NIDA acknowledges the Traditional Owners and Custodians of the lands on which we learn and tell stories, the Bidjigal, Gadigal, Dharawal and Dharug peoples, and we pay our respects to all Aboriginal and Torres Strait Islander Elders past and present.


Spotlight on Sustainability: NIDA Green and Its Impact

As NIDA’s Sustainability Manager, Imogen Ross has developed an environmental strategy within NIDA’s educational and operational frameworks. In this interview, she discusses the NIDA Green Plan which integrates sustainability into the curriculum and encourages students to examine the environmental impact of productions. By providing future industry leaders with the knowledge and skills to implement sustainable practices, NIDA aims to foster a new generation of environmentally conscious creatives.

What is NIDA Green and what are the goals of the NIDA Green Plan?

NIDA Green is an environmental sustainability strategy that supports NIDA’s goal to achieve carbon neutrality by 2030. The NIDA Green Plan is the result of extensive consultation with staff and students, industry practitioners and international partners. It provides NIDA with a clear roadmap to achieving ‘greener’ outcomes across NIDA’s teaching curriculum, student-led productions, staff teams and our building infrastructure and operations. The strategy equips a new generation of industry practitioners with the skills and practices to create positive change in their future workplaces, across Australia and globally.

NIDA Sustainability Manager Imogen Ross awarded the 2023 NIDA Green Student Award to Chris Milburn (Technical Theatre and Stage Management, 2023)
NIDA Sustainability Manager Imogen Ross awarded the 2023 NIDA Green Student Award to alumnus Chris Milburn (Technical Theatre and Stage Management, 2023). Photo by Alexandra McClellan.

How are sustainable practices being implemented in the NIDA curriculum?

In 2023, NIDA partnered with the Performance + Ecology Research Lab (P+ERL) at Griffith University, led by Dr Tanja Beer, to embed environmental sustainability learning across all NIDA degree courses: Bachelor of Fine Arts (BFA), Masters of Fine Arts (MFA) and VET Diploma programs. P+ERL and NIDA Course Leaders worked together to identify and create learning content to inform current thinking and practices in sustainable production across theatre, screen and live events. NIDA’s 2024 curriculum now includes bespoke class exercises, resources and case studies that address the specific environmental sustainability opportunities and challenges of individual NIDA disciplines including Acting, Costume, Cultural Leadership, Design, Directing, Dramatic Writing, Specialist Make-up, Musical Theatre, Props and Effects, Technical Theatre and Stage Management, and Set Construction Technologies. The new curriculum is currently being rolled out for all new students enrolled in NIDA BFA, MFA and Diploma programs and being shared with existing students.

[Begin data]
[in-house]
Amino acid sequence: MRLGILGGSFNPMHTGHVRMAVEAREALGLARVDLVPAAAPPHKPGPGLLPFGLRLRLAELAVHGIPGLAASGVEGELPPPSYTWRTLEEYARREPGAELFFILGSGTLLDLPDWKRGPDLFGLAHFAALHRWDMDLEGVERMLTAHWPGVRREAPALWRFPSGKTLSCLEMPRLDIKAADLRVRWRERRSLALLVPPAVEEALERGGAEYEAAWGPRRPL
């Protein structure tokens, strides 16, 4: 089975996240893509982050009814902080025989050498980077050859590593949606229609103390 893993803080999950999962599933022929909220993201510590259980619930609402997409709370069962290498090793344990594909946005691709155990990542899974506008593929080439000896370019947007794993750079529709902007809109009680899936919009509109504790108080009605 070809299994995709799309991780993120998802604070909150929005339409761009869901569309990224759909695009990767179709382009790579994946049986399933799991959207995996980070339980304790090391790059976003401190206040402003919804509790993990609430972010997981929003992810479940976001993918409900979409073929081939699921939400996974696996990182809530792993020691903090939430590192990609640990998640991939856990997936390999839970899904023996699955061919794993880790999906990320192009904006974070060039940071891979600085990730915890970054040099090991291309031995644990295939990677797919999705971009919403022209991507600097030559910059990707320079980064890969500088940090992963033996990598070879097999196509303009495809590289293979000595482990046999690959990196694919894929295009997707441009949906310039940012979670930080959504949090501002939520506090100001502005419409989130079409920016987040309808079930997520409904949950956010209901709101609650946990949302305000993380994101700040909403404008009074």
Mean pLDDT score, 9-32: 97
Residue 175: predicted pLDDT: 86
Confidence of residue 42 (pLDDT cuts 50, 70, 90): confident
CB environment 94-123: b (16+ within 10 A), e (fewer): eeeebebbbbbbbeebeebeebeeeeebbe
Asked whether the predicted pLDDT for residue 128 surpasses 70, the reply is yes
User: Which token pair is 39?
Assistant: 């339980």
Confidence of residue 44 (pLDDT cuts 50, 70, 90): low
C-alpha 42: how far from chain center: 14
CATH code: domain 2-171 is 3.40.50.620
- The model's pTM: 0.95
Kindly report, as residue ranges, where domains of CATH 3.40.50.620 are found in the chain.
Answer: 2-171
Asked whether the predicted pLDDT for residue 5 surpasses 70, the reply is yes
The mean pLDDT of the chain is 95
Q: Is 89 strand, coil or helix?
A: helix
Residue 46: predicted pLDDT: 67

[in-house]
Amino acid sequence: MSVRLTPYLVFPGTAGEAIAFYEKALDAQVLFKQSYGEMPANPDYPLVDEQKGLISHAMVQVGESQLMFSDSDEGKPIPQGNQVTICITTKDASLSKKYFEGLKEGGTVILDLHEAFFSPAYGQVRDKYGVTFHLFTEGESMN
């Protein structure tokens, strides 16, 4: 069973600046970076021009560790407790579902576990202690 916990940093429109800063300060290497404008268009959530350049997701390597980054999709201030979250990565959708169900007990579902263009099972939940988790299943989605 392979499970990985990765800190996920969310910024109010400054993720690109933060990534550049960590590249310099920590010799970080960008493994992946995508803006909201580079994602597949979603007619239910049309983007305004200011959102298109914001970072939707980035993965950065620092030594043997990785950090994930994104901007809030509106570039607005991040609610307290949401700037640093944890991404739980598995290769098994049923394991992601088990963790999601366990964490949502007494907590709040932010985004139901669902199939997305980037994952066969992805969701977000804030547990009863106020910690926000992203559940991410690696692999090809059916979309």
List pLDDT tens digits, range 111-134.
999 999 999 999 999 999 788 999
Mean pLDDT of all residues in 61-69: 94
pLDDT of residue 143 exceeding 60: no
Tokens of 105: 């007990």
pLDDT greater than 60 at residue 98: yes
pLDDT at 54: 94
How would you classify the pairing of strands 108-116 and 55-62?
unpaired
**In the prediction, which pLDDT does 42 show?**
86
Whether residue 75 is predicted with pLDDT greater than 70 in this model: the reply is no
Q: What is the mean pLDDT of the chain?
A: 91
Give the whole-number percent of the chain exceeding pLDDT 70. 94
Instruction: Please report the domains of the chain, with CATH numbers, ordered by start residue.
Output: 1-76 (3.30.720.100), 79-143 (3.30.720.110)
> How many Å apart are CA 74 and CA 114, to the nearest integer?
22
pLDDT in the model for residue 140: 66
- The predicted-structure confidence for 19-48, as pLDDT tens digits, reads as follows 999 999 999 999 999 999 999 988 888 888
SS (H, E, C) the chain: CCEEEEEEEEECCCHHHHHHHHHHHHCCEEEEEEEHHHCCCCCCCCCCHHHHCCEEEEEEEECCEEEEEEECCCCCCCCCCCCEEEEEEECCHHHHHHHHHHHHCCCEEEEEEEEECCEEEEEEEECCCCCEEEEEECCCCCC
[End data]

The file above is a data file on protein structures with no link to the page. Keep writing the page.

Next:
One example of embedded sustainable practice is in the Common course that all first-year students complete together. Sustainability in all its interconnected forms (environmental, personal, financial and social) is discussed, applied to performing arts and then played with in gamification. Caring for Country is introduced conceptually from the beginning by NIDA’s inspiring First Nations educators, and students create new ‘games’ that explore modes of sustainability, encouraging the players to think about how their individual choices impact on bigger social and environmental systems.

Making live productions is the key element in how NIDA students hone their craft. As part of NIDA’s commitment to embedding environmental consciousness into all aspects of student learning, we have been focusing on developing Green Production strategies, using the Theatre Green Book (TGB) as a guide.

Tell us about the Theatre Green Book (TGB) and its significance.

The Theatre Green Book (TGB) was initially developed in the UK and since being launched in 2020, continues to have a major impact on the live performance industry. Internationally it is considered a key resource to support the sector transition towards sustainable practices and is being translated into multiple languages. It provides a clear easy-to-apply framework to support effective collaboration between departments within a theatre company. NIDA is an early adopter of the TGB and uses it as a sustainability strategy in all student-led productions. Our first TGB case study was Blood Wedding in 2022, followed by the bold decision to ask a quarter of NIDA’s productions in 2023 and half of NIDA productions in 2024 to meet the TGB Baseline. NIDA’s goal is to incrementally reduce the carbon footprint of student-led productions by embedding creative circular economy principles of Reduce, Re-use and Recycle.